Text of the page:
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A new paradigm in pipeline management – Pipeline Management 4.0 – is introduced, which integrates leak detection and safety systems to fully address challenges. By Sergej Arent, director applications, HIMA

Pipelines offer the most dependable and cost-effective solution for transporting oil and gas, but they are not infallible. They can leak or rupture, they can be damaged accidentally or deliberately and they can be compromised to allow theft of the product they are transporting. 

Effective – and safe – management systems must provide pipeline operators with the tools they need to detect and localise these problems quickly and reliably, so that swift remedial action can be taken. 

And, in today’s challenging world environment, management systems must not only be effective and safe, but also cybersecure.

 

Pipeline Management

Every day, millions of tonnes of liquids and gases are transported safely and securely by pipelines. Pipelines are exceptionally reliable, but given the large numbers in use and the huge distances they cover, it is inevitable that, from time to time, problems will occur. When they do, the environmental and financial impact can be enormous. 

In recent times, the situation has been further complicated by the growth in terrorism and cybercrime, both of which can have a devastating effect on pipeline operation and integrity.

For these reasons, pipeline operators in almost every country of the world are now legally required to implement management systems that make it possible for them to meet strict safety, cybersecurity, and environmental requirements.

 

Leak Detection: An Essential Element

An essential element of every pipeline management system is leak detection. It is of the utmost importance that leaks are detected and dealt with promptly, especially if the fluid that is being transported by the pipeline is flammable, toxic, corrosive, or otherwise damaging to the environment.

Delays will not only lead to greater loss of product, but will also greatly increase the potential for consequential damage. The costs associated with the damage are often much greater than the cost of the lost product.

While various standards differ somewhat in their approach and detail, all guide operators must consider the following when specifying or implementing a leak detection system:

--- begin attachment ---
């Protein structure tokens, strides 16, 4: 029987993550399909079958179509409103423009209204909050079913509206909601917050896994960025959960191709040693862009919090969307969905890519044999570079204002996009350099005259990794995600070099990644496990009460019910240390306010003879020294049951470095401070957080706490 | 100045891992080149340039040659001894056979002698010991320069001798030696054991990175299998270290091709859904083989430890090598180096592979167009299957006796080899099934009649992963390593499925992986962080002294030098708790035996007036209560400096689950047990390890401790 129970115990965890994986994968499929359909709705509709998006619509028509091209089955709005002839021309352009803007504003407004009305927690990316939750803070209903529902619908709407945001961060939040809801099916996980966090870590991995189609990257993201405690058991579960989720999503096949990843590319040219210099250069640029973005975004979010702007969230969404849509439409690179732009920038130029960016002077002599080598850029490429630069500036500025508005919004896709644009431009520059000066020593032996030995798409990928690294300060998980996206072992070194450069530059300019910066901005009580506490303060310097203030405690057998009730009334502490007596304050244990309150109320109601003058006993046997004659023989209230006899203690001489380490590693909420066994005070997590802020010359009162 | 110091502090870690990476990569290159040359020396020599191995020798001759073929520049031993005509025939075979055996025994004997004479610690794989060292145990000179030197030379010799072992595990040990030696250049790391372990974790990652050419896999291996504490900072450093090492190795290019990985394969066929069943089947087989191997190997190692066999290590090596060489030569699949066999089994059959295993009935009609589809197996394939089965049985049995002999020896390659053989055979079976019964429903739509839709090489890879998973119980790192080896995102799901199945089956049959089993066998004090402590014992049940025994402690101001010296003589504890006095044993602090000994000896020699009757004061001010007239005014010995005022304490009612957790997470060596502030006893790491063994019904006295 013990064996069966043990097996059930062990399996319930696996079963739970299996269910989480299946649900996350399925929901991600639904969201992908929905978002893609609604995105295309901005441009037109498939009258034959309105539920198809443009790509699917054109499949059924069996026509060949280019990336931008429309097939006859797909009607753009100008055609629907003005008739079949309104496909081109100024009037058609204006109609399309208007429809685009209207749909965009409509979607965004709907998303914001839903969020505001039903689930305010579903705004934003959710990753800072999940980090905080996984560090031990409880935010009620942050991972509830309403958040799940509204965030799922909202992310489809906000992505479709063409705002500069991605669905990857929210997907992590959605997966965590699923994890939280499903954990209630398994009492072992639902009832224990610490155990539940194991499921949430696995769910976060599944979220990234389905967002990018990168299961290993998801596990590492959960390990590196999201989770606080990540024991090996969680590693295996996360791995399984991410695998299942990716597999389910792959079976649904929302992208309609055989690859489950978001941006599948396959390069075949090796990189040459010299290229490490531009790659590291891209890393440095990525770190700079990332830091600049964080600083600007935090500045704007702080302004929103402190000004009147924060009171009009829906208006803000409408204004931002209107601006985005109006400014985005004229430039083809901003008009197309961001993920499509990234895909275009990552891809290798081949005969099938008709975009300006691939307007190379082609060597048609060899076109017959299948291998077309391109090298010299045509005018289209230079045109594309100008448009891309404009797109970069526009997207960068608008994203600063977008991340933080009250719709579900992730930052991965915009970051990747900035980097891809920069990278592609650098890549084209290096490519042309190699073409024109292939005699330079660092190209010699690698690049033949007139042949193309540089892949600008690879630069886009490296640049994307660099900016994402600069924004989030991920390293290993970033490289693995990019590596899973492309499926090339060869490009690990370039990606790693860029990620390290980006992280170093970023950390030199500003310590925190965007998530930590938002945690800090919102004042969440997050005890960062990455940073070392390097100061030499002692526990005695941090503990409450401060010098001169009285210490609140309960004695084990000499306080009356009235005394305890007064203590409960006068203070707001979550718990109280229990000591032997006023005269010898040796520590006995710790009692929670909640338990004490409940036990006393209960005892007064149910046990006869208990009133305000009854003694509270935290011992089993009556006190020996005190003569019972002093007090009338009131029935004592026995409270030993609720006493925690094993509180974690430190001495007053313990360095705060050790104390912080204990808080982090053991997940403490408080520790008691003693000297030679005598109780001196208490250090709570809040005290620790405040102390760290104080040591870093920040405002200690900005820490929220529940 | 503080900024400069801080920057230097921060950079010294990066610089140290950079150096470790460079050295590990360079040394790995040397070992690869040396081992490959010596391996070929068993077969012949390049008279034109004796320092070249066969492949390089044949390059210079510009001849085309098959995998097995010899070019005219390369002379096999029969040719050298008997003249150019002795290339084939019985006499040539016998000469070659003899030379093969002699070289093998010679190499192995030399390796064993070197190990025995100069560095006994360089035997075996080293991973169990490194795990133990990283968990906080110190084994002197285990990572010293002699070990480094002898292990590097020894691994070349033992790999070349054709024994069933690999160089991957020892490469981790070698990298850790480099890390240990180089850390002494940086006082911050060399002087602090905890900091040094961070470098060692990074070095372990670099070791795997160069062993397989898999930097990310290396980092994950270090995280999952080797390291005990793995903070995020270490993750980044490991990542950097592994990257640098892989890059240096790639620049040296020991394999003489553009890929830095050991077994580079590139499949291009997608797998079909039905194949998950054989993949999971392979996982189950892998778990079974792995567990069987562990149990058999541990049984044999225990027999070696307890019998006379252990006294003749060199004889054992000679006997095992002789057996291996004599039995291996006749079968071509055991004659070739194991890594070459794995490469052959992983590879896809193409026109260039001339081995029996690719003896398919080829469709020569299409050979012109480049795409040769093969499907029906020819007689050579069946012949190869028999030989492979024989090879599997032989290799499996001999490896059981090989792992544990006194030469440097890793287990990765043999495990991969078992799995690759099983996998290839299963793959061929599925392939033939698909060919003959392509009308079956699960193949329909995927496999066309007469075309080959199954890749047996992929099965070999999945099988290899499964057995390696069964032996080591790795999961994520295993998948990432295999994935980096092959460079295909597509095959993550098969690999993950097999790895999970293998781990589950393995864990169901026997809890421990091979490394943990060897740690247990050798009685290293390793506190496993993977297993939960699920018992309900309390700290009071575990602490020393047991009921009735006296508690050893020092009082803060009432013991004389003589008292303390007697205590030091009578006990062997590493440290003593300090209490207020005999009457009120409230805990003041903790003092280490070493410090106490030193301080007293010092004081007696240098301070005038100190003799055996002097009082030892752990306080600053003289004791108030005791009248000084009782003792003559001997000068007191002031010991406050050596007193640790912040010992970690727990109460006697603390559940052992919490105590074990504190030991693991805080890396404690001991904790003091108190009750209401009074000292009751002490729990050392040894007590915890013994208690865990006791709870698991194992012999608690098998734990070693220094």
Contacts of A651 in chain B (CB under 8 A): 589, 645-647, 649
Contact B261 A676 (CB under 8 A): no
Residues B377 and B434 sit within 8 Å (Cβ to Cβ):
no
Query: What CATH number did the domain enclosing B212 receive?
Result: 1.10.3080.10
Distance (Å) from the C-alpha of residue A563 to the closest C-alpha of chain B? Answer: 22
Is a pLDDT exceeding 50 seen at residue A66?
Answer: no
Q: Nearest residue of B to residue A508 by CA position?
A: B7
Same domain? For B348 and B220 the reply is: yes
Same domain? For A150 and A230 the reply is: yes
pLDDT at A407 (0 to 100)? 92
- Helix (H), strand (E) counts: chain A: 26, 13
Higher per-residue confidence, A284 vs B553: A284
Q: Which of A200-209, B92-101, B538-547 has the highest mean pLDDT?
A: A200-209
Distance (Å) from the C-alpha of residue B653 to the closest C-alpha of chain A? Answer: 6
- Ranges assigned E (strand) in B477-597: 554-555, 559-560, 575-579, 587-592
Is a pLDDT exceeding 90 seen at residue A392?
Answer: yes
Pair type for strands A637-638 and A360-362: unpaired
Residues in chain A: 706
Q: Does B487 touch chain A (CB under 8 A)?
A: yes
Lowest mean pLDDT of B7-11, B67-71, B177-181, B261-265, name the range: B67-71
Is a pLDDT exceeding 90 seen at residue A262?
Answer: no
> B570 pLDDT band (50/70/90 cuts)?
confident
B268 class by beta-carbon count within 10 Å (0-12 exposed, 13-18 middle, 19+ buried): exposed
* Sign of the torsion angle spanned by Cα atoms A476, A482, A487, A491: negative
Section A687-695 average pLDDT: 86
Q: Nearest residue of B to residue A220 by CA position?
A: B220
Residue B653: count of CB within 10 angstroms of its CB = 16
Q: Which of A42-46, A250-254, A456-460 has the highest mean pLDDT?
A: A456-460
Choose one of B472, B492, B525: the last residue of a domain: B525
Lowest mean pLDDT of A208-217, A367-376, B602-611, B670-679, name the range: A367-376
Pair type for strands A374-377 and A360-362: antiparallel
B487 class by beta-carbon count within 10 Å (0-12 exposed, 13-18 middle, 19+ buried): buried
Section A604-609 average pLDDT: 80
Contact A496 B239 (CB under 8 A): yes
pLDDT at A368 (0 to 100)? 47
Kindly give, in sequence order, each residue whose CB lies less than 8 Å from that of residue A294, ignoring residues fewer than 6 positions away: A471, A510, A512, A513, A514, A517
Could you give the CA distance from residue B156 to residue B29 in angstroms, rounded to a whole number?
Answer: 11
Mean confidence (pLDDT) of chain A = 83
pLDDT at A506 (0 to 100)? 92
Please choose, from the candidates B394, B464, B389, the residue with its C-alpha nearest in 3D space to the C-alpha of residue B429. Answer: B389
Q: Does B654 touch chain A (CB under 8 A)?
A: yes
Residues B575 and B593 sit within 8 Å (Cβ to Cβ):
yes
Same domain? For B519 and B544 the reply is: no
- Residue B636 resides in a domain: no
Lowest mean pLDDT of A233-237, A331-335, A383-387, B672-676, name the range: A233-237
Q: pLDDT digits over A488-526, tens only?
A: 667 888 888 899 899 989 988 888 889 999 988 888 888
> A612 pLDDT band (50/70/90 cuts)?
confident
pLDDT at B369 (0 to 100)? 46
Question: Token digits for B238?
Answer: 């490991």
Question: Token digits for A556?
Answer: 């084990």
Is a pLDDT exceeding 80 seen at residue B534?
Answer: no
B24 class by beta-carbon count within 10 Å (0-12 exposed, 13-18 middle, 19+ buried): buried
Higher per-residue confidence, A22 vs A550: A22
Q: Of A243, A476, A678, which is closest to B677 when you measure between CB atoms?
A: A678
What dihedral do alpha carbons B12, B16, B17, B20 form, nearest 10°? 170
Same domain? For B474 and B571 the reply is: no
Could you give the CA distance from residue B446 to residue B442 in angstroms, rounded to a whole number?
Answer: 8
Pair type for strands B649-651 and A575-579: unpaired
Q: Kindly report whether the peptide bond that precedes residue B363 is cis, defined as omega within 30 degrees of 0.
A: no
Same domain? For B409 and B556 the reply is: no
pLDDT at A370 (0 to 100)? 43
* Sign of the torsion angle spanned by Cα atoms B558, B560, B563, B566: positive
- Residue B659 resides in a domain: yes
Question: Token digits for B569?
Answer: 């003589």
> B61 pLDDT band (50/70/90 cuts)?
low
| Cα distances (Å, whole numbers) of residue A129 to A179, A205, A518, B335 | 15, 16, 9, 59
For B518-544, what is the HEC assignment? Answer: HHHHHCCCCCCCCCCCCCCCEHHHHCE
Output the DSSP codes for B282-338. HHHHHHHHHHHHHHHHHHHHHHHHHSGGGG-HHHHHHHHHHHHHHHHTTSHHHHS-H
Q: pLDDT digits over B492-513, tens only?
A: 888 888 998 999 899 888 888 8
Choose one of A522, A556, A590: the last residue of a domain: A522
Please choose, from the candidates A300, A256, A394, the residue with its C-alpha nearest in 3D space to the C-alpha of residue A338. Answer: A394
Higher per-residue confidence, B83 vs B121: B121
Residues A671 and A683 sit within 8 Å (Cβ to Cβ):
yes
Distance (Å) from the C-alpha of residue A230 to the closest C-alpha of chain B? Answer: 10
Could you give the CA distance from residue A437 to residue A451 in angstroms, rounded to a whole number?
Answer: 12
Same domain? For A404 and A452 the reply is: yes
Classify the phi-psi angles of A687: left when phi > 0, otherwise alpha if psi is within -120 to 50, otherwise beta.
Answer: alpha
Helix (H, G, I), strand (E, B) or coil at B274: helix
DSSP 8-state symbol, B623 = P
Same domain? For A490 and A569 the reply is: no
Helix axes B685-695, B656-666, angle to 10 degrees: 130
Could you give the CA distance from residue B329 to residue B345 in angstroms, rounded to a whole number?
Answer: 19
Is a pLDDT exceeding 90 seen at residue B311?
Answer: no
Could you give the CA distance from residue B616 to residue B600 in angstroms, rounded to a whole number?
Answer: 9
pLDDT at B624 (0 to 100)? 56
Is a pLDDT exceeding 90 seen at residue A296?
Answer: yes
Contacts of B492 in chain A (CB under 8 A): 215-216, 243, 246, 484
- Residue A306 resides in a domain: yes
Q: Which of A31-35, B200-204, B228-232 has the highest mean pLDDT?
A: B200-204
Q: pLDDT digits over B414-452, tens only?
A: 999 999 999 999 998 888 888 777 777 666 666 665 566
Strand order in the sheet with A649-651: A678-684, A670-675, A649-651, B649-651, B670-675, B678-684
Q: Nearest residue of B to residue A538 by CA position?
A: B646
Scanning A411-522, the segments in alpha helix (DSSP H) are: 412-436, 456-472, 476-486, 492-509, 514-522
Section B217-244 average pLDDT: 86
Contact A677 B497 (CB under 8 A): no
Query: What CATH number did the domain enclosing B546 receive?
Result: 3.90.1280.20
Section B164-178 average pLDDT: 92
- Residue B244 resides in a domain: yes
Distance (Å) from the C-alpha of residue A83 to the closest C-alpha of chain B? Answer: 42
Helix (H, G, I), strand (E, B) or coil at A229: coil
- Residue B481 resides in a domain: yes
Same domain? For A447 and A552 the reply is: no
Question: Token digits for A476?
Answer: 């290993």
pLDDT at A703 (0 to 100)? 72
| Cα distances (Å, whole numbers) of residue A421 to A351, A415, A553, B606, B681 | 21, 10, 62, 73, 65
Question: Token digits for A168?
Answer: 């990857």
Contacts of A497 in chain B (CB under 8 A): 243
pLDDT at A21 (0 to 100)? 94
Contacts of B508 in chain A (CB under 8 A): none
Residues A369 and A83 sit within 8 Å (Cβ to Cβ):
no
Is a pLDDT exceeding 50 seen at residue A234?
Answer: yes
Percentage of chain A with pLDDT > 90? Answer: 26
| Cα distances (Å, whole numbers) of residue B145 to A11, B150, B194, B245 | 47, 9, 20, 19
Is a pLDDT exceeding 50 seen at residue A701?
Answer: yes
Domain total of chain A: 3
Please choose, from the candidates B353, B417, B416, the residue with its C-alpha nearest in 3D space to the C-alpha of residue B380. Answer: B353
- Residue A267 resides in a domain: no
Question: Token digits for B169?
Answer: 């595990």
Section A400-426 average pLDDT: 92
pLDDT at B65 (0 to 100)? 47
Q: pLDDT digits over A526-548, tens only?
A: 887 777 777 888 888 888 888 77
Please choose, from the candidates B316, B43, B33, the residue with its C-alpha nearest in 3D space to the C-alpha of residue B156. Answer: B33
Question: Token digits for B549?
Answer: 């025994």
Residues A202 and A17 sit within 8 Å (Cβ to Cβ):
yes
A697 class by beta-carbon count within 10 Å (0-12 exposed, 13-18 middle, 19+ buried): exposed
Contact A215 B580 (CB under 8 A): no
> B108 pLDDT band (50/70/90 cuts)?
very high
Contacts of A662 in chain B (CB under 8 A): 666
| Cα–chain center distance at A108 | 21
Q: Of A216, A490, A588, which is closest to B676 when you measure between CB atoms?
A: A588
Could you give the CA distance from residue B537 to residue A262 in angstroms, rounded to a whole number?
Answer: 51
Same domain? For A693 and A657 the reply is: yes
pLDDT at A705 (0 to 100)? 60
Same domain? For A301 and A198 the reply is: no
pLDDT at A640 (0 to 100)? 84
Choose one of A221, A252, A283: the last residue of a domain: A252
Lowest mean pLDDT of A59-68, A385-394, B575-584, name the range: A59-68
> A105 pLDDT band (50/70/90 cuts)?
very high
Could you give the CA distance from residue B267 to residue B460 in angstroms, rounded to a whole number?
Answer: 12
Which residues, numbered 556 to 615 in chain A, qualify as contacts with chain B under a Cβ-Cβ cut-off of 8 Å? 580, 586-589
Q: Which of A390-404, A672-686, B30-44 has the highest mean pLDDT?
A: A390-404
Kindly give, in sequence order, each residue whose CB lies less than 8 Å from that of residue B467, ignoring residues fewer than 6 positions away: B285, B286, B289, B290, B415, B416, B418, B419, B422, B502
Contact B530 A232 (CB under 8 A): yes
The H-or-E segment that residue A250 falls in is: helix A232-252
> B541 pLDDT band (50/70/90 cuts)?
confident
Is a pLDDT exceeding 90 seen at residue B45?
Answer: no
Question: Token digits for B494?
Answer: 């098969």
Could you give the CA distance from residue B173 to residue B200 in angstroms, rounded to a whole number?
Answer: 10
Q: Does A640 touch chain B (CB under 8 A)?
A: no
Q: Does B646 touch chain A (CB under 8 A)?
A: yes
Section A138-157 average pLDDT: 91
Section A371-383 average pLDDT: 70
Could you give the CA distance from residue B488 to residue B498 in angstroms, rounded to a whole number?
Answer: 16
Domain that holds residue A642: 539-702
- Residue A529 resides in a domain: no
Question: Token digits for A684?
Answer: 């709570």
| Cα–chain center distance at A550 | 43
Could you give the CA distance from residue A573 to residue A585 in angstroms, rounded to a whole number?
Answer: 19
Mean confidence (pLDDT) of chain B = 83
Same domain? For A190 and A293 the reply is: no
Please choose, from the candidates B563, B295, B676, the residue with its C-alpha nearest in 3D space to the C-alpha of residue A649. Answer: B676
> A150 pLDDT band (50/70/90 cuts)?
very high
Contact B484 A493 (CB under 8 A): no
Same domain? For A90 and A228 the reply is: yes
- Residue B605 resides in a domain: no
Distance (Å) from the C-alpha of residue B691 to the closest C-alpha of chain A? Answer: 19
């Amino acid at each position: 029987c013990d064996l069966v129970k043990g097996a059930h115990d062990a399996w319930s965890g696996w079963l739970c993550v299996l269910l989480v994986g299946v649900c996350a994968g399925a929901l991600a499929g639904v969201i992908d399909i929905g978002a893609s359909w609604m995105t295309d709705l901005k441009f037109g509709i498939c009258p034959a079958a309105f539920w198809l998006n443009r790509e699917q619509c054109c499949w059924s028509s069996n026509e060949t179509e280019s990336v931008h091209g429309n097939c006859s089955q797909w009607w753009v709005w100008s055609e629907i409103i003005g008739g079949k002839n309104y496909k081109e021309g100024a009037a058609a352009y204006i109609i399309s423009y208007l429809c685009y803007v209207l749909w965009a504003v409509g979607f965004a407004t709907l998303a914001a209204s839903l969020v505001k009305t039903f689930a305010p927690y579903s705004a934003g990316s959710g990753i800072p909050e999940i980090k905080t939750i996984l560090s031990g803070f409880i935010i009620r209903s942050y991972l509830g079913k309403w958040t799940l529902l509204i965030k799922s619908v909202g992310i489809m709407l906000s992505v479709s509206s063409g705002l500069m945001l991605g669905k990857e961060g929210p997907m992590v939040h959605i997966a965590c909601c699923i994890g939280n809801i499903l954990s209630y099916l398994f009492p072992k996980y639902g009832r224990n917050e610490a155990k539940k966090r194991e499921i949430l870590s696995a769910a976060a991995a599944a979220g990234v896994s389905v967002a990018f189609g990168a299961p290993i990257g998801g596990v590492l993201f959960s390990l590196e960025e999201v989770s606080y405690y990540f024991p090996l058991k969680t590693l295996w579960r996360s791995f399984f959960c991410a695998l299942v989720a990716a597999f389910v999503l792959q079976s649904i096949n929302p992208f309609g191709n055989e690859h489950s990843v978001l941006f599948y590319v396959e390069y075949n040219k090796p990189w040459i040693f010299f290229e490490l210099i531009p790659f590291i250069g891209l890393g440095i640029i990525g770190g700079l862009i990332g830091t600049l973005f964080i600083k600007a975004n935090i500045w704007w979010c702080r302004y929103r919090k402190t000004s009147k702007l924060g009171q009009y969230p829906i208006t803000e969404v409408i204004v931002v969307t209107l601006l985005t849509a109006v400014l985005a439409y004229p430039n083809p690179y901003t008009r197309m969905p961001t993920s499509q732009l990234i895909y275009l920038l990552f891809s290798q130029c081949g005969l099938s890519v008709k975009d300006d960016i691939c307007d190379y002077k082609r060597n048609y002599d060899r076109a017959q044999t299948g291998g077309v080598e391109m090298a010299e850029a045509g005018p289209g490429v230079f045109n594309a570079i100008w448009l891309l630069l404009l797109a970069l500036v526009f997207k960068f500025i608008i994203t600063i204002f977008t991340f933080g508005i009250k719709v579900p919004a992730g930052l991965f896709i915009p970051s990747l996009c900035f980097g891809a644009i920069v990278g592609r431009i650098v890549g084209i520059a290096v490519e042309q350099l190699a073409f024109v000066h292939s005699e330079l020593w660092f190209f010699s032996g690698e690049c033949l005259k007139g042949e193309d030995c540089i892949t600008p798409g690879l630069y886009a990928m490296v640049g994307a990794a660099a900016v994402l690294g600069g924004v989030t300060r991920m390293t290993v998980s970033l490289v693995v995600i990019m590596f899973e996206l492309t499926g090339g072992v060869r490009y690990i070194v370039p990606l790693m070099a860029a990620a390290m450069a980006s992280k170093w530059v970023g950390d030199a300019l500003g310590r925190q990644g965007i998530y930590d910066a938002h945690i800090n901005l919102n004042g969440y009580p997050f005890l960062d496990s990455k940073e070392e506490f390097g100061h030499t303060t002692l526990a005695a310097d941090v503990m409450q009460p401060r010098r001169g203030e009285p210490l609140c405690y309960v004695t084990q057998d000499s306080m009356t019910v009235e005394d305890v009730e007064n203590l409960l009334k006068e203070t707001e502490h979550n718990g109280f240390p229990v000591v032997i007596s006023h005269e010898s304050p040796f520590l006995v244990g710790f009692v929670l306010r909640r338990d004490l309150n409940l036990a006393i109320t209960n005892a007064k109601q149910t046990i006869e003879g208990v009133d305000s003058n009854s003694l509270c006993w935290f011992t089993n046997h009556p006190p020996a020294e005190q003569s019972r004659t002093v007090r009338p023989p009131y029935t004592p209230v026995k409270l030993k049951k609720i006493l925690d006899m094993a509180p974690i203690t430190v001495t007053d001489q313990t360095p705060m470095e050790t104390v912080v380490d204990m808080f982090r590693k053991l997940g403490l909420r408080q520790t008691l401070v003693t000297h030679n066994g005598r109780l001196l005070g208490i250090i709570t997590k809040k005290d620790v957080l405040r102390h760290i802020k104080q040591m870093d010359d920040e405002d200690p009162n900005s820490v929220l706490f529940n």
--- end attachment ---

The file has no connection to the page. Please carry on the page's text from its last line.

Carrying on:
• Sensitivity – A combination of the size of detectable leak and the time needed to detect it
  • Reliability – A measure of the system’s ability to accurately assess whether or not a leak exists
  • Accuracy – The ability of a system to estimate key leak parameters such as leak flow rate, total volume lost, and leak location
  • Resilience – The ability of a system to continue to function under unusual hydraulic conditions or when data is compromised

In addition, pipeline operators are now being expected to meet increasingly onerous safety, security and cybersecurity requirements. And it should be noted that these requirements apply not only to long-distance pipelines, but also to the much shorter pipelines found in chemical and petrochemical facilities.

Pipeline leakage is, of course, not a new problem and leak detection systems of various kinds have been in use for a very long time. It is instructive to examine the evolution of these systems to uncover the limitations of traditional approaches and to better understand how the latest advances help operators to meet today’s increasingly stringent regulatory and commercial requirements. The first step is to look at the ways in which leaks can be detected.

 

External Methods Of Leak Detection

There are three principal external methods of leak detection: acoustic sensor, fibre-optic cable, and vapor sensor. 

nsors are installed along the pipeline to monitor internal noise levels. A leak produces low-frequency acoustic noise that the sensors detect. This method is sensitive to small leaks but it is liable to produce a large number of false alarms caused, for example, by vehicular traffic and the operation of pumps or valves. The efficiency and accuracy of this method depends on the skill of the operator. It is not well suited to long pipelines, as costs are too high.

Fibre-optic leak sensing uses a fibre-optic cable installed along the entire length of the pipeline. The cable looks continuously for the temperature changes produced by leaks. This method offers high leak location accuracy and is effective for identifying theft. However, installation cost is high, leak identification can be slow, stability over time is as yet unproven, and the entire pipeline must be excavated to install the cable. This method provides no information about the size of the leak.

Vapor sensing uses a sensing tube installed along the entire length of the pipeline. This carries air at a constant speed toward a sensor at the end of the pipeline. Scans are carried out periodically and, during a scan, a test peak of hydrogen is injected into the airflow. If vapor from a leak is detected, the system calculates the location of the leak based on the time difference between the arrival at the sensor of the vapor and hydrogen peak. This method gives good information about the size and location of the leak, but is costly to install. Also, scanning is usually carried out only once or twice a day, so leaks can become very large before they are detected.

 

Internal Methods Of Leak Detection